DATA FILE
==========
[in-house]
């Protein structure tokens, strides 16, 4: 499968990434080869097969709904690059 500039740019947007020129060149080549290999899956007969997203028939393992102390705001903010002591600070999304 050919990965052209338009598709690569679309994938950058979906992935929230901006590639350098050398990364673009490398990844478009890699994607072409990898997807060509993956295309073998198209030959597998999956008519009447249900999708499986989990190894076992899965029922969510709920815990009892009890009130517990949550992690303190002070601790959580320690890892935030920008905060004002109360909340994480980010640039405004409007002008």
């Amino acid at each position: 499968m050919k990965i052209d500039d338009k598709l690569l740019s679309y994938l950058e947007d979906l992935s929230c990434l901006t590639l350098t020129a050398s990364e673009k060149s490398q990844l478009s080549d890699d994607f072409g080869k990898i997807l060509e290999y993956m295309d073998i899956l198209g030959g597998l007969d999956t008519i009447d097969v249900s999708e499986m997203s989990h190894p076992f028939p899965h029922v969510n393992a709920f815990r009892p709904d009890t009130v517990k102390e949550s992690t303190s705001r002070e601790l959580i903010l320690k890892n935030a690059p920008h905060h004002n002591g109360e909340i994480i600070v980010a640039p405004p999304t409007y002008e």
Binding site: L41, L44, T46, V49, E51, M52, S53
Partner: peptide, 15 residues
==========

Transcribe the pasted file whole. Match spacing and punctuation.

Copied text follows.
[in-house]
């Protein structure tokens, strides 16, 4: 499968990434080869097969709904690059 500039740019947007020129060149080549290999899956007969997203028939393992102390705001903010002591600070999304 050919990965052209338009598709690569679309994938950058979906992935929230901006590639350098050398990364673009490398990844478009890699994607072409990898997807060509993956295309073998198209030959597998999956008519009447249900999708499986989990190894076992899965029922969510709920815990009892009890009130517990949550992690303190002070601790959580320690890892935030920008905060004002109360909340994480980010640039405004409007002008």
């Amino acid at each position: 499968m050919k990965i052209d500039d338009k598709l690569l740019s679309y994938l950058e947007d979906l992935s929230c990434l901006t590639l350098t020129a050398s990364e673009k060149s490398q990844l478009s080549d890699d994607f072409g080869k990898i997807l060509e290999y993956m295309d073998i899956l198209g030959g597998l007969d999956t008519i009447d097969v249900s999708e499986m997203s989990h190894p076992f028939p899965h029922v969510n393992a709920f815990r009892p709904d009890t009130v517990k102390e949550s992690t303190s705001r002070e601790l959580i903010l320690k890892n935030a690059p920008h905060h004002n002591g109360e909340i994480i600070v980010a640039p405004p999304t409007y002008e």
Binding site: L41, L44, T46, V49, E51, M52, S53
Partner: peptide, 15 residues